“He taught a lot of lessons,” Bill continued. “But that was the greatest. I tried to impart that in all the teams that I coached. Everybody loves to win – not every team has the talent to win – but everyone can still take that valuable lesson away from the game.”

McKinzie, a seven time Hall of Fame Coach served as head basketball coach where he also won 3 state conferences in 8 years, before becoming head baseball coach. He also served as tennis, track and field coach, as well as an assistant football coach and athletic trainer at NIU from 1940-63. Though he officially retired from NIU in 1963, he continued coaching football into his nineties at his own alma mater, Eureka College.

Every year until my grandpa’s death at the age of 96, my dad, a dedicated son also part of that team, made sure Coach Mac made it to the annual baseball reunion.

NIU-baseball-team-1950-51

NIU-baseball-team-1950-51

Once a year the guys rally past personal setbacks, the loss of loved ones, and limitations due to declining health, to gather in celebration of not so much their ol’ double plays and home runs, but to honor the memory of the coach who shaped their lives and the camaraderie that developed under his leadership.

“Every spring we drove down to New Orleans for a tournament, stopping to play games along the way,” Cummings told me, a trip that I found remarkable for that time period.

“I wasn’t a drinker,” my dad said, “so I ordered a coke on our night out on the town. The guys still razz me; my coke cost more than those fancy cocktails everybody else was drinking.”

Typically, college stadiums are named for big-time alumni donors. My grandpa, son of a tenet farmer, lived modestly even donating his coaching salary back to Eureka College in his later years. He never made a fortune coaching, but he sure made friends.

In the late 80s, fueled by Bill Eiserman, Jack Brumm, Bud Nangle, former SID at NIU, and including the support of my grandpa’s Eureka College football player, President Ronald Reagan, the 1950-51 NIU team instigated naming the NIU baseball diamond, Ralph McKinzie Field. Mike Korcek, who can still recount the win-loss record of every team during his tenure as NIU’s sports information director, and Cary Groth, one of the first female large college athletic directors were also instrumental in the process.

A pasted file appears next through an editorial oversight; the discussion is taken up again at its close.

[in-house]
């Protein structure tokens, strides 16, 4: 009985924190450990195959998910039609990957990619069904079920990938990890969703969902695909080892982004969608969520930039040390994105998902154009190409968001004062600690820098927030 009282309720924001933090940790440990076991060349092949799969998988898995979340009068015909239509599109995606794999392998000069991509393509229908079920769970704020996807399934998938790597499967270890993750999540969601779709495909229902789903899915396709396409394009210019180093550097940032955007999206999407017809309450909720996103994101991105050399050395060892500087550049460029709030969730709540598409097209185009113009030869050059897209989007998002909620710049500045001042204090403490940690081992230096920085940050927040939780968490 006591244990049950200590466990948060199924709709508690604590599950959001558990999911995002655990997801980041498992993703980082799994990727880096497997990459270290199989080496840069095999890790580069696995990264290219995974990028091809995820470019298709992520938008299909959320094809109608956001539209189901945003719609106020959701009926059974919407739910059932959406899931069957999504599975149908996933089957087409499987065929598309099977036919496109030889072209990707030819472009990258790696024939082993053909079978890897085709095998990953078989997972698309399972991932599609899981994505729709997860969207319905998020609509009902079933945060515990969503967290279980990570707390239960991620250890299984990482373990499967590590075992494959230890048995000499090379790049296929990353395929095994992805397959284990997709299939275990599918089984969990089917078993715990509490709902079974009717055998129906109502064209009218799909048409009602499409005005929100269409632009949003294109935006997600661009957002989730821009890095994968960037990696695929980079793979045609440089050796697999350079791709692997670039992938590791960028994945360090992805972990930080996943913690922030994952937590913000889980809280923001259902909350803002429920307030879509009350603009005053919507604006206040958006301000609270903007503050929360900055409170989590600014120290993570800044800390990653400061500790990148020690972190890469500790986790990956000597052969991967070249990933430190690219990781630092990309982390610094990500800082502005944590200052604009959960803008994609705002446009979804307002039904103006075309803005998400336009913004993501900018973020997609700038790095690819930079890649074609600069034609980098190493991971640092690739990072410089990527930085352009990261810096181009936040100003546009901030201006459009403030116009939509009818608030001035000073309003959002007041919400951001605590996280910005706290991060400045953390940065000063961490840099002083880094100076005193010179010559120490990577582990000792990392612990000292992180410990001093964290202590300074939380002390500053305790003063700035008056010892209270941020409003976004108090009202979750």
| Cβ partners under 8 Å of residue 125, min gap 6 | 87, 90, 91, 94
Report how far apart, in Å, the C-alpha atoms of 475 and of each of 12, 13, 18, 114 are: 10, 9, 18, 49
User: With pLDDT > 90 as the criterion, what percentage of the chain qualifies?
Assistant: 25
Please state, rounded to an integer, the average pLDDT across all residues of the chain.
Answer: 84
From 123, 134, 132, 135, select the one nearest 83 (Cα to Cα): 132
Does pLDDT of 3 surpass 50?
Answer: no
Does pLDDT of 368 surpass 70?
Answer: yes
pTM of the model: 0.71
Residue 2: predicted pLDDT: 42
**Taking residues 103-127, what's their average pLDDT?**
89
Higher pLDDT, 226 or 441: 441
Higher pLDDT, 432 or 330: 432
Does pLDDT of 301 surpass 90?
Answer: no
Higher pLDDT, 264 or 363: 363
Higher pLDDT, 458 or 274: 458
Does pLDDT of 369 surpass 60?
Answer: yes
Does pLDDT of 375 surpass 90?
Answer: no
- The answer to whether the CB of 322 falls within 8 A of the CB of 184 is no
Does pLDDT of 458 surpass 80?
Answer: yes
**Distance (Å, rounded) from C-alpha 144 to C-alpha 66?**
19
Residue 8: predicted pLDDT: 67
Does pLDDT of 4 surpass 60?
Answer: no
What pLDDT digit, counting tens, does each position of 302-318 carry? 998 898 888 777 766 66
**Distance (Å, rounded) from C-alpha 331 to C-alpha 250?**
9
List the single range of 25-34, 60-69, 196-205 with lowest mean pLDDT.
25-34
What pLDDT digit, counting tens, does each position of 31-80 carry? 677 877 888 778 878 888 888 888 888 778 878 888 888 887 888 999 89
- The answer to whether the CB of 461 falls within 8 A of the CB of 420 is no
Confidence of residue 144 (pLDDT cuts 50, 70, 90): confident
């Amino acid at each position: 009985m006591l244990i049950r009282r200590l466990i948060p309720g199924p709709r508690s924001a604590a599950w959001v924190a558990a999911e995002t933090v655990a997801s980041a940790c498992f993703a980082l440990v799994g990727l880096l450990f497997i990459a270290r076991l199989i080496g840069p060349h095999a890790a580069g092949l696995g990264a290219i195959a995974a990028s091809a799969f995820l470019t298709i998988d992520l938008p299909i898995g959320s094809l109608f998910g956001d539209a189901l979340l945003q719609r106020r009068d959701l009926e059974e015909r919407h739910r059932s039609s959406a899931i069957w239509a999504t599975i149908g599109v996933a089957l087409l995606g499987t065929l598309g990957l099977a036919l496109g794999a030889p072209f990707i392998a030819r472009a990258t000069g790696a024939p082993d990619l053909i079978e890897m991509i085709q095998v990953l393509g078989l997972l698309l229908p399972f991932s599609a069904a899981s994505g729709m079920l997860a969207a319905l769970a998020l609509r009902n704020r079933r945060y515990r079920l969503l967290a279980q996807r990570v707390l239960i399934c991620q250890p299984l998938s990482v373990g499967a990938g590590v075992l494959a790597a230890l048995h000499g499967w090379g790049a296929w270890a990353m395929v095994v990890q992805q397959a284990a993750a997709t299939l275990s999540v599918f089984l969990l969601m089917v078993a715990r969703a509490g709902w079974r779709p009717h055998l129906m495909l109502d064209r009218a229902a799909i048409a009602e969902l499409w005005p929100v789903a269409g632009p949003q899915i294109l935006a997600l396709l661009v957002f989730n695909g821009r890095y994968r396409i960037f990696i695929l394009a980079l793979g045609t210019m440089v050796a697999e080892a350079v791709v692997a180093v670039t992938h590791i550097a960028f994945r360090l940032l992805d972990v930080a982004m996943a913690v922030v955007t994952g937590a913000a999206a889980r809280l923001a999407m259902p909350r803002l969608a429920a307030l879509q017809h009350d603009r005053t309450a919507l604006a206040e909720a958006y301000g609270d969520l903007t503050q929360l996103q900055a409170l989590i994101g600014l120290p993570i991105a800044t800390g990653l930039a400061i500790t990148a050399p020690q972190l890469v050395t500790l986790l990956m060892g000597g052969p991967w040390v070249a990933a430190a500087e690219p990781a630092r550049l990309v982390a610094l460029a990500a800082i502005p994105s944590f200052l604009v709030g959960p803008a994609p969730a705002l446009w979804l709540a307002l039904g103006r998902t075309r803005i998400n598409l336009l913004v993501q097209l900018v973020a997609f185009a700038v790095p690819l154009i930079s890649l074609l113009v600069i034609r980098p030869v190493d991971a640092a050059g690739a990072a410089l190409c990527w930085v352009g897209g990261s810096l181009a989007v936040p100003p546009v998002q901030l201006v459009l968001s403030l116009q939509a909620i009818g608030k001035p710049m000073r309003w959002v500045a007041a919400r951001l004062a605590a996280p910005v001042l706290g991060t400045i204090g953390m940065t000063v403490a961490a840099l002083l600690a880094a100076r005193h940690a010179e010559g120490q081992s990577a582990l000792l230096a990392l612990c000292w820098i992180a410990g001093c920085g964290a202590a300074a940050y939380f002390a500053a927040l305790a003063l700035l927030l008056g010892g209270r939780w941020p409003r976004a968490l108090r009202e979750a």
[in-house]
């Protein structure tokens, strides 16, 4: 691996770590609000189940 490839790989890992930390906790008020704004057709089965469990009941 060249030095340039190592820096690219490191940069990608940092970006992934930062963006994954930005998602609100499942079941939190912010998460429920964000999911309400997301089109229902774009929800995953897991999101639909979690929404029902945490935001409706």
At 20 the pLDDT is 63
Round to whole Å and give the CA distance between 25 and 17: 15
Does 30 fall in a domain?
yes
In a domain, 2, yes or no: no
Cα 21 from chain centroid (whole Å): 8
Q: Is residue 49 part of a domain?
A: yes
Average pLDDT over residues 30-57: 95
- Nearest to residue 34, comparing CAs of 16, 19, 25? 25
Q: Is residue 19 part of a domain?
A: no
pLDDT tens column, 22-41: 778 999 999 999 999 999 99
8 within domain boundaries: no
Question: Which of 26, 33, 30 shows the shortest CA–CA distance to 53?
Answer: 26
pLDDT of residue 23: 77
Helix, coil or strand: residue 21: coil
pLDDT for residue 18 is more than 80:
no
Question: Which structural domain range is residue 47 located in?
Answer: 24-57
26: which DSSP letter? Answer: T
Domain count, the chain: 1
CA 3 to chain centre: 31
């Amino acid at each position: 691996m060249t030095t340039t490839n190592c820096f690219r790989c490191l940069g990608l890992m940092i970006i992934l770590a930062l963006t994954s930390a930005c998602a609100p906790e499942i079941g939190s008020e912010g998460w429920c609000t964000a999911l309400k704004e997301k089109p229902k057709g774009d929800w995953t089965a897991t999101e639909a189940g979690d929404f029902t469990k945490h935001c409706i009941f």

On May 8, 1993, at the dedication ceremonies, my dad threw the game-opening pitch. “Poor Bill scooped my pitch out of the dirt,” my dad said and chuckled. “Bill kept me from looking bad, my pitch never made it cross the plate. I was an outfielder, not a pitcher.”

NIU Hall of Fame induction 10.10.2007 Front-Kranz, Moreno, Brumm, Neukirch, Giudici, Meath, Leon, Eiserman Back-Davis, McKinzie, Wasco, Cummings, Stap, Bedrosian

NIU Hall of Fame induction 10.10.2007
Front-Kranz, Moreno, Brumm, Neukirch, Giudici, Meath, Leon, Eiserman
Back-Davis, McKinzie, Wasco, Cummings, Stap, Bedrosian

My grandpa won countless honors; the NIU baseball field and Eureka College football field bear his name. But accolades aside, what made my Coach Mac proudest, was seeing what kind of men his players became.

Each member of the 1950-51 NIU team became successful in his own field, as high school and college teachers, coaches and athletic directors and exemplary civic leaders in business and education.

My grandpa also played a key role in my life. I miss him to this day, so I find comfort knowing his name lives on in the hearts of his former athletes.

These ol’ ball players have done him proud in turn by serving their family, community and country. The field may bear Ralph McKinzie’s name, but it carries the spirit of the 1950-51 ball team.

Athletes that step up to the plate at NIU today have no idea who Coach Mac was, still I hope that my grandpa’s moral standards seep into their souls through the diamond dust on that field of dreams.

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Where are all our heroes?

Jackie Robinson, a true heroe from yesteryears

Jackie Robinson, a true hero from yesteryear